This is my second favourite car after the ’72 Cuda.

There’s much to love about Birch Bay if you’re in the area and looking for a fun spot to spend the day. After the car show (and a very questionable hot dog) I hiked up the highway to the Birch Bay Cafe, where I sat and sipped a latte and wrote. And of course, the theme song for this post should have been obvious. Because black cars do look better in the shade…

Rules of the Road (Trip).

20160720_112743_HDR

My magic number is 16. That’s how may road trips I figure I can get in between April and the end of August, over the course of 20 possible weekends, taking into account that some weekends will be overtaken with business or bad weather.

This year, I got in 17 road trips. I visited Lynden, La Connor, Edison, Langley (WA), Birch Bay, Fairhaven, Blaine, Fort Langley, Campbell Valley, Whytecliff Park, George C. Reifel Migratory Bird Sanctuary, Squamish, and Shannon Falls. It was a good year for discovering new places, and a few of those I visited more than once (in case you wondered how 13 places adds up to 17 road trips).

There were many times when I woke up early, and didn’t feel like getting in the Jeep and going. But I did, because every year the number of enjoyable weekends is limited. And once that nice weather is gone, it’s gone. And that makes me understand and realize that our whole life is like that–we have a limited number of weekends left and each time I put something off for another weekend, or another year, I take the risk that the remaining weekends may not afford me the same freedom as the one before me.

We’re this strange species that acts as though we’re going to live forever. Sure, we know of our mortality. We know how fragile we are, and how fleeting life can be–when it comes to other people. And maybe the way we cope with that is that we don’t acknowledge our own hour glass of time running out. I’m no different. I waste time as much as the next person and don’t spend it as meaningfully as I should. But I have discovered a way to live forever–or if not forever to at least feel as though time has slowed down considerably. It helps to follow a few rules:

  1. Point the Jeep in a direction, but be prepared for unexpected results.
  2. Don’t give yourself a time limit. Sure, eventually it’s time to return home, but that time should be fluid not set.
  3. Wave to other Jeeps. In Washington, they’ll wave back. In Vancouver (Canada), they’ll sometimes wave back.
  4. Check out the small town museum. Always.

And lastly, a few highlights from my past summer of road trips (in no particular order):

10. Little Red Caboose, Blaine

20160805_142501

I finally got to have coffee in the Little Red Caboose Cafe. I first discovered it in 2011 when I took my first road rip to Bellingham, but it was never open. Now it’s under new management and is a fantastic place to stop in for coffee and lunch while in Blaine.

9. Birch Bay

20160805_130821

The outdoor bookstore I discovered in Birch Bay. Even though it doesn’t have a name, it’s within sight of the C Shop if you’re ever there. And bring cash, as the cash register is a bowl where you can leave money and take your own change.

8. Campbell Valley Regional Park

20160601_142611

Campbell Valley Regional Park in Langley (Canada). An easy hike with plenty of historical sites, including an old raceway and a one-room schoolhouse. Watch out for horses as it’s a shared path.

7. Sea to Sky Gondola

OLYMPUS DIGITAL CAMERA

The Sea to Sky Gondola at Squamish. The views here are spectacular. What can I say that this photo doesn’t say on its own.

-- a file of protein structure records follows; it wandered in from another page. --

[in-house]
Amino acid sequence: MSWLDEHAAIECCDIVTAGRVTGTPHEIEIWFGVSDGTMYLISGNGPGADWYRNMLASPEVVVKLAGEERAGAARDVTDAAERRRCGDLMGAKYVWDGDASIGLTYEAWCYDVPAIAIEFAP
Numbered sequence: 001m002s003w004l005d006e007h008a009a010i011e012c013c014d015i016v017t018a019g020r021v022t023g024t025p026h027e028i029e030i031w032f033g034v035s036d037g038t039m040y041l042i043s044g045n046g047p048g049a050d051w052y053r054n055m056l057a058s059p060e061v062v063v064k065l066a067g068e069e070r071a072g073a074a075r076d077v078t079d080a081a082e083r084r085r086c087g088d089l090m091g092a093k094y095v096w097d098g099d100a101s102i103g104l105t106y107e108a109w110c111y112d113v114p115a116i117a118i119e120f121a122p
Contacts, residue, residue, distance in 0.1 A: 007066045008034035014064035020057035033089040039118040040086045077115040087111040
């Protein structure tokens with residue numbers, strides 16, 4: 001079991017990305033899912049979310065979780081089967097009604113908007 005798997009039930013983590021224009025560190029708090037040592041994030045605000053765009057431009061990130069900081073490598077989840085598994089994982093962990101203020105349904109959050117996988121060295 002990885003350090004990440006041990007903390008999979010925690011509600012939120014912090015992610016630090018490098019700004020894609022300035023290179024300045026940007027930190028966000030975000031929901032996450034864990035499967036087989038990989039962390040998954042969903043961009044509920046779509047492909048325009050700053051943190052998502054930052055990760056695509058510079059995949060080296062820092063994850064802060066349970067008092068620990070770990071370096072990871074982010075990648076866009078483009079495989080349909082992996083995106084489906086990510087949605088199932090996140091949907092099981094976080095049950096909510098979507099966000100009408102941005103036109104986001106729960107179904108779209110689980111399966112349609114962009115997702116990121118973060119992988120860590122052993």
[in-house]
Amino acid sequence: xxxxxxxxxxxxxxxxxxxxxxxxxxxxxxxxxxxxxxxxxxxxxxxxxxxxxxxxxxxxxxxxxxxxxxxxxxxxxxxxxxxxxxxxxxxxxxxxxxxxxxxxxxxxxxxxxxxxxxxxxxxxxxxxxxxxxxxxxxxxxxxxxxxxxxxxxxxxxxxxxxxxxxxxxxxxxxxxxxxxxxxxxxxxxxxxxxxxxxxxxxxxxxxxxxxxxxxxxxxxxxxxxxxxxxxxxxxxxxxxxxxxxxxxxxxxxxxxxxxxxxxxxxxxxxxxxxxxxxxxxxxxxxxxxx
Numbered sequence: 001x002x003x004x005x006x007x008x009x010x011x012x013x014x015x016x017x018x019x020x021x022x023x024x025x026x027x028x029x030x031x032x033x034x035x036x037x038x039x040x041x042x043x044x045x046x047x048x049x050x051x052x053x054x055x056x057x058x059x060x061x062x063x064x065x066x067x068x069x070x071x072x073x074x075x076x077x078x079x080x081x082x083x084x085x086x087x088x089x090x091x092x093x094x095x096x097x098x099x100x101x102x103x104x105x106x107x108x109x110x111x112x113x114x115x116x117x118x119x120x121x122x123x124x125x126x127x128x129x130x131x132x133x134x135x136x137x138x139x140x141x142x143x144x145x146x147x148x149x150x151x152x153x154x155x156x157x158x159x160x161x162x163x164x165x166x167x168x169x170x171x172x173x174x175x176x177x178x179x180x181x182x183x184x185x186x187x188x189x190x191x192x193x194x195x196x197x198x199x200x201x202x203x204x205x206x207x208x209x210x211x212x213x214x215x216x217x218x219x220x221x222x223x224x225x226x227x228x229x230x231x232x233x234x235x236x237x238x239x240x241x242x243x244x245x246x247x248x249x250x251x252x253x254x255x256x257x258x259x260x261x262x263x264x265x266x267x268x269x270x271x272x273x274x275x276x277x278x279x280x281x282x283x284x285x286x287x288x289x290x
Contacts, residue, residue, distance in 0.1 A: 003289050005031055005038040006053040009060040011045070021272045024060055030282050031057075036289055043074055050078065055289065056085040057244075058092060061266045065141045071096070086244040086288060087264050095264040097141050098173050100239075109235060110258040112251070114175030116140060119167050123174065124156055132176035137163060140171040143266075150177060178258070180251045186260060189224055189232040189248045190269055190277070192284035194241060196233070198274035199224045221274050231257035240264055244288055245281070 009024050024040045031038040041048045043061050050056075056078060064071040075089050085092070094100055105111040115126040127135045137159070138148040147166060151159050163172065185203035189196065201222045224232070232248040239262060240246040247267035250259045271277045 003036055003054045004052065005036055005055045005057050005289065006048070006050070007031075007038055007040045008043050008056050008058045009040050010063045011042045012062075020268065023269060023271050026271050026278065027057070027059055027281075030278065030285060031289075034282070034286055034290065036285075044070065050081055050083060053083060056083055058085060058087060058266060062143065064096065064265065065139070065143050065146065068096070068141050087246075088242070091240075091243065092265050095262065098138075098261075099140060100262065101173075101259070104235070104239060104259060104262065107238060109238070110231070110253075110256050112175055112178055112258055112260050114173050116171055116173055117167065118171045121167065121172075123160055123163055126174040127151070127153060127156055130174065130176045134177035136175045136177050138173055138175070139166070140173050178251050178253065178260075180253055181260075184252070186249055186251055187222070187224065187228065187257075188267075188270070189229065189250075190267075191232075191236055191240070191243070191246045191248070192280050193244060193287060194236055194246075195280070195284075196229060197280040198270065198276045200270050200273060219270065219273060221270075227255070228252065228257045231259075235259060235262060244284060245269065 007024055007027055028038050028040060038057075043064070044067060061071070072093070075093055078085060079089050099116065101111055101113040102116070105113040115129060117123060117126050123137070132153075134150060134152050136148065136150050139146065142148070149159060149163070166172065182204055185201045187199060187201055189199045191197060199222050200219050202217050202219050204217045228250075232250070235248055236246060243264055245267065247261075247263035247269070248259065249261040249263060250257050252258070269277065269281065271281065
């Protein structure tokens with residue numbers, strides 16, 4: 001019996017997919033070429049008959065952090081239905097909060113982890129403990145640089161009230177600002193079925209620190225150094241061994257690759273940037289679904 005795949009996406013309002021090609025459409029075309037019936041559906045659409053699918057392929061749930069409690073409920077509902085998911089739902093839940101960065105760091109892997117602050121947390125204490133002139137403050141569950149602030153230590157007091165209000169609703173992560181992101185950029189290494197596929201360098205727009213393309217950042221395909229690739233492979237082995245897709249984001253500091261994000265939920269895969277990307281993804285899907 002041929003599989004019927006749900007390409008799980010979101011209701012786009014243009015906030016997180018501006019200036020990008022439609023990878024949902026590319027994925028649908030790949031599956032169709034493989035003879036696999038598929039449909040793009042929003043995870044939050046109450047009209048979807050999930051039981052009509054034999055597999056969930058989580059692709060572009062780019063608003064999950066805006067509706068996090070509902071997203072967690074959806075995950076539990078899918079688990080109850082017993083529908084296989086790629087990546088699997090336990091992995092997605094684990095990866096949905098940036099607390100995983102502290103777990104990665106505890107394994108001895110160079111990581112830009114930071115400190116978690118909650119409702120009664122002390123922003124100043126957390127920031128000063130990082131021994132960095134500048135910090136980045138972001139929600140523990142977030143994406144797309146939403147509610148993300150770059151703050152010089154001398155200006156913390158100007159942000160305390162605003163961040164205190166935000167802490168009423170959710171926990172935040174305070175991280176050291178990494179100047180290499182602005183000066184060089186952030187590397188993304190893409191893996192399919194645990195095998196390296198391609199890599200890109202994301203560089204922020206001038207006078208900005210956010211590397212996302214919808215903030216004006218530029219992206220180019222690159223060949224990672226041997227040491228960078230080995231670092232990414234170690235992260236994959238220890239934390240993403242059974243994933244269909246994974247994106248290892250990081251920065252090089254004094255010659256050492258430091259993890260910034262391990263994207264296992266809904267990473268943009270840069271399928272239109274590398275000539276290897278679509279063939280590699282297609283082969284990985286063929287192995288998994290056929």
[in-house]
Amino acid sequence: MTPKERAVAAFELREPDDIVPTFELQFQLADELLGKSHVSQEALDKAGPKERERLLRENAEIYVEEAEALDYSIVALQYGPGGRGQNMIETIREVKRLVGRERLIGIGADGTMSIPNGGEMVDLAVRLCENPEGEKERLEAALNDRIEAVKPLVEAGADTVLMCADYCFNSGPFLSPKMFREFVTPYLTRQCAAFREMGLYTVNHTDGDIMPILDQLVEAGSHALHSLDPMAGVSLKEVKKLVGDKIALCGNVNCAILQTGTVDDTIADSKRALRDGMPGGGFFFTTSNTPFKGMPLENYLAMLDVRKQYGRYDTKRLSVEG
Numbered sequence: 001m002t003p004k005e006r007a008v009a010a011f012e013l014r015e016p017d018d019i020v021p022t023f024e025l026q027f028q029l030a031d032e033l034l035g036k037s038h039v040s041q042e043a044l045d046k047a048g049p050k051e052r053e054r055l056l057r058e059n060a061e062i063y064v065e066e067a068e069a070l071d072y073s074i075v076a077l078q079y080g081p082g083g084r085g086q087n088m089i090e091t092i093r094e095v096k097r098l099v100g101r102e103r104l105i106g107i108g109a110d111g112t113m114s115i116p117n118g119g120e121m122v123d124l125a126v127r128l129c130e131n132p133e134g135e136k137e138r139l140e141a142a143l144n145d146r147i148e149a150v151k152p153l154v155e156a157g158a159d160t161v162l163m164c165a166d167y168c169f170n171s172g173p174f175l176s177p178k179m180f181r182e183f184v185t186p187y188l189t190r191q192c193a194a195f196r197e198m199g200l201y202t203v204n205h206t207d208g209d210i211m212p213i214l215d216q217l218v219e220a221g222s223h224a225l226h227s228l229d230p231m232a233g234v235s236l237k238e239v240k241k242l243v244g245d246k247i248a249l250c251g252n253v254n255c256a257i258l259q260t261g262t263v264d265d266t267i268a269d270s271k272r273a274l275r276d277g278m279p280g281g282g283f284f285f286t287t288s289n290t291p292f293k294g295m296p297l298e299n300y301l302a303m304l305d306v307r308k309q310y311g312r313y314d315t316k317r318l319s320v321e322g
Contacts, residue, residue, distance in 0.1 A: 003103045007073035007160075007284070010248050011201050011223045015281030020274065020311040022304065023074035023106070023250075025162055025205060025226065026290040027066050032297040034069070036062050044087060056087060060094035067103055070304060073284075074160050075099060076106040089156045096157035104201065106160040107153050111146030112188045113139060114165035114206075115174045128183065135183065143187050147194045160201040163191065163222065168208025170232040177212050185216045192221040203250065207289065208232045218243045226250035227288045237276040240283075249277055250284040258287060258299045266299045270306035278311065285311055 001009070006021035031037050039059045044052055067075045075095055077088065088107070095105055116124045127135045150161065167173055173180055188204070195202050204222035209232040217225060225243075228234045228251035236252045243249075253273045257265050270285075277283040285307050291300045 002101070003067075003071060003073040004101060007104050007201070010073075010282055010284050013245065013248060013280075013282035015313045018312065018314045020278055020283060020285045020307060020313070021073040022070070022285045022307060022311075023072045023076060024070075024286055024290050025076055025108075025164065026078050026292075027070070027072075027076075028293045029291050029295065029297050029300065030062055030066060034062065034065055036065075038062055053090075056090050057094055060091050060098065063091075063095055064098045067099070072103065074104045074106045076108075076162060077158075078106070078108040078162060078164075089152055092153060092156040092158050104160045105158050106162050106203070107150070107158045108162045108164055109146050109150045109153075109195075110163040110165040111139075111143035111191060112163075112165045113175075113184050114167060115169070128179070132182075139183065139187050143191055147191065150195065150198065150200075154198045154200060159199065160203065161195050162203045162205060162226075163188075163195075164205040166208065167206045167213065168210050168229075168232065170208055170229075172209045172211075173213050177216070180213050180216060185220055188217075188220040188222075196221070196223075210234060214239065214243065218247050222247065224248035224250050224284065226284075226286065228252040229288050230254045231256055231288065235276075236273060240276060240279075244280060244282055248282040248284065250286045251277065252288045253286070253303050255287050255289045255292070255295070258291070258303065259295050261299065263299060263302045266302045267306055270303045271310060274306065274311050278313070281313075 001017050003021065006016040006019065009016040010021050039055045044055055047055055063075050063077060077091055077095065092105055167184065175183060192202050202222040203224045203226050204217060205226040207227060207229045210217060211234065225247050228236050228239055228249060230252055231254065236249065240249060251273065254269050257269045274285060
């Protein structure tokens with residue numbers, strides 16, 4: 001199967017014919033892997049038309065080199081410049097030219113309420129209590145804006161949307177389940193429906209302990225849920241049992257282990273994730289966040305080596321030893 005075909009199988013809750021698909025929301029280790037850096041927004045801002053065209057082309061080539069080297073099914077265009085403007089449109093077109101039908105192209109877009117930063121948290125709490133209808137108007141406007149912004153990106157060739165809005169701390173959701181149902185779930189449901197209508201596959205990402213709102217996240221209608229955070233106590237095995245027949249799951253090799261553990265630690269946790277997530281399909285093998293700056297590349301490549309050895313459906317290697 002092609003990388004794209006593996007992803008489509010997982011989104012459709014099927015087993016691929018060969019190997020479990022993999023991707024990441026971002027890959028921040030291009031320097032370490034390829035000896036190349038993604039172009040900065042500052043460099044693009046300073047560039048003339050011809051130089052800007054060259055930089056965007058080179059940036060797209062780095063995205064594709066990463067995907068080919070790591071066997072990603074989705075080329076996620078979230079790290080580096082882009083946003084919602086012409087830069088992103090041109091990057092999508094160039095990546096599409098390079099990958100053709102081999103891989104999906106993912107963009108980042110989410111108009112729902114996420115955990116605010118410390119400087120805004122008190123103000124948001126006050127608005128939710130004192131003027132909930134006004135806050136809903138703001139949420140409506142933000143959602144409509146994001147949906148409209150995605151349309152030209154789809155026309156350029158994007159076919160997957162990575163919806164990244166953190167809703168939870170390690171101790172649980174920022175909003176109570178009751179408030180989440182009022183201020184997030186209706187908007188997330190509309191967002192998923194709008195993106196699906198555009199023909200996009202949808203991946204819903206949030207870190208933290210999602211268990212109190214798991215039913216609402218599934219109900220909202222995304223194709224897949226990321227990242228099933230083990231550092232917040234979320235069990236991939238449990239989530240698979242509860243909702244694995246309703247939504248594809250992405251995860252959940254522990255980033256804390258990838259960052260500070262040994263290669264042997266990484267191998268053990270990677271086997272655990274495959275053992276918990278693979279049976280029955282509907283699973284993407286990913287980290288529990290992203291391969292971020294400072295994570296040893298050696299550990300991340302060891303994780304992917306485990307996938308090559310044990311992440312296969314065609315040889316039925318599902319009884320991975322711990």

6. Snoqualmie

OLYMPUS DIGITAL CAMERA

The town of Snoqualmie. This was one of the longest drives I made–just over three hours– and while the falls themselves were a bit underwhelming (I went on a long weekend, and I don’t much like crowded spaces) the city was lovely. The train museum is worth the trip itself, but the cafe across the street from it was some of the best coffee I’ve had in awhile.

5. Edison/La Conner

OLYMPUS DIGITAL CAMERA

This was one of my favourite places to visit this year and I went back often. There’s something therapeutic about the Chuckanut Drive that leads to this place, and everyone I met were so friendly and amazing. The Slough for lunch, the Bread Farm for my sour dough, and then to the Calico in La Connor for coffee. That it lead me to learning about Fish Town was just a bonus.

4. Lynden

20160702_111801

The Dutch Village Inn.

I discovered this place in 2011 completely by accident. I was on a road trip with an ex-girlfriend, and we happened upon it. Since then, I’ve been returning here several times a year–mostly for the Lynden Dutch Bakery.

3. Langley, WA

OLYMPUS DIGITAL CAMERA

I discovered Langley by Googling, “Best small towns in Washington” and it showed up on a list. Seemed like an interesting place to point the Jeep, so I drove down there. Not only did I get to drive the Chuckanut, but I also saw Deception Pass, Oak Harbor, and Coupville. Whidbey Island is an amazing place and I return here as often as possible.

2. Fairhaven, WA

20160702_135740-1

Village Books

Fairhaven is a historic part of Bellingham, and filled with wonderful lunch spots and cafes. Village Books is lots of fun to peruse, and Rocket Donuts is just down the street.

1. That time I met a knight!

14054929_10157419033460341_8766786850719555955_n

I ended August with a trip to Langley (Canada) for the annual BC Renaissance Festival. I go every year to watch the jousting.

It seems fitting, if you’ve ever seen Highlander, that Princes of the Universe by Queen should be the theme song for this post. And of course, summer isn’t exactly over and there could be a few more road trips ahead. But as September arrives, the weather is far more unpredictable. Although, Lynden is beautiful to visit in October!